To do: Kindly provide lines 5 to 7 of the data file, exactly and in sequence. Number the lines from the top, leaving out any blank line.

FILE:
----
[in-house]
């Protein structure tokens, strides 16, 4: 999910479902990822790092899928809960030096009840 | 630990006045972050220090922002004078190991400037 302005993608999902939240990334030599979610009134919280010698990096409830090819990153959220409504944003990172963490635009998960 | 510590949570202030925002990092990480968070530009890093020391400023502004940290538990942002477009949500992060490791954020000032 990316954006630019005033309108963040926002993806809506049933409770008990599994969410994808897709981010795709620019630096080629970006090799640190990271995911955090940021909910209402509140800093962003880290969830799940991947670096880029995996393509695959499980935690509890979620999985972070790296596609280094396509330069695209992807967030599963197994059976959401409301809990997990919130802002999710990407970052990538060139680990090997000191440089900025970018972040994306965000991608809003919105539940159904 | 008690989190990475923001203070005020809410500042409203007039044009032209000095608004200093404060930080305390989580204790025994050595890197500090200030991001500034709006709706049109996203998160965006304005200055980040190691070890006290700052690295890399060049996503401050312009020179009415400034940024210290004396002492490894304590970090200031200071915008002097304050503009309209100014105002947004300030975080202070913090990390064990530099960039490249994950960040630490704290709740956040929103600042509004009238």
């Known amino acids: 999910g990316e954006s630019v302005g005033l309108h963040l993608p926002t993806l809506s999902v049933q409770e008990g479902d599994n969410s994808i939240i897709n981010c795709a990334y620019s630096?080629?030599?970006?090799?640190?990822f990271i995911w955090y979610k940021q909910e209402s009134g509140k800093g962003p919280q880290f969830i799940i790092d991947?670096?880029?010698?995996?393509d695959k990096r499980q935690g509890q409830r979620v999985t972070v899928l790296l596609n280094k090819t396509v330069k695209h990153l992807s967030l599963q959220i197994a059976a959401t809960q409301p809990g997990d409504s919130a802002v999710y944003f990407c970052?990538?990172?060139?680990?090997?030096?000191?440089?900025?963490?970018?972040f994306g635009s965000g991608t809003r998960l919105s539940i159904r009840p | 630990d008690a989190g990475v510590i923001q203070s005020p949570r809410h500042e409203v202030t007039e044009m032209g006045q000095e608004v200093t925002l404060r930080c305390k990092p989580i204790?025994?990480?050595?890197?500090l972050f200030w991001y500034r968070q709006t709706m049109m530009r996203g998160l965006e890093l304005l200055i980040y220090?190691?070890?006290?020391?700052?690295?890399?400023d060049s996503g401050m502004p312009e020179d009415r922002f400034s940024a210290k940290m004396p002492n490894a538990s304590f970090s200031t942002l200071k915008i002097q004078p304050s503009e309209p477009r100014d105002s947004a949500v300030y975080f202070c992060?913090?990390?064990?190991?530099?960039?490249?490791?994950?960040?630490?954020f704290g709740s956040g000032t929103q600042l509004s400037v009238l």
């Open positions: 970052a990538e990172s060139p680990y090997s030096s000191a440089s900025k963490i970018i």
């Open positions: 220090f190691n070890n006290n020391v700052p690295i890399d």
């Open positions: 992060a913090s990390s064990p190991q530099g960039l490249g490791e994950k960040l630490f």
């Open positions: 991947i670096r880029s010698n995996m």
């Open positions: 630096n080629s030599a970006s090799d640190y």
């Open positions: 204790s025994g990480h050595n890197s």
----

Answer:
């Open positions: 220090f190691n070890n006290n020391v700052p690295i890399d």
């Open positions: 992060a913090s990390s064990p190991q530099g960039l490249g490791e994950k960040l630490f």
């Open positions: 991947i670096r880029s010698n995996m």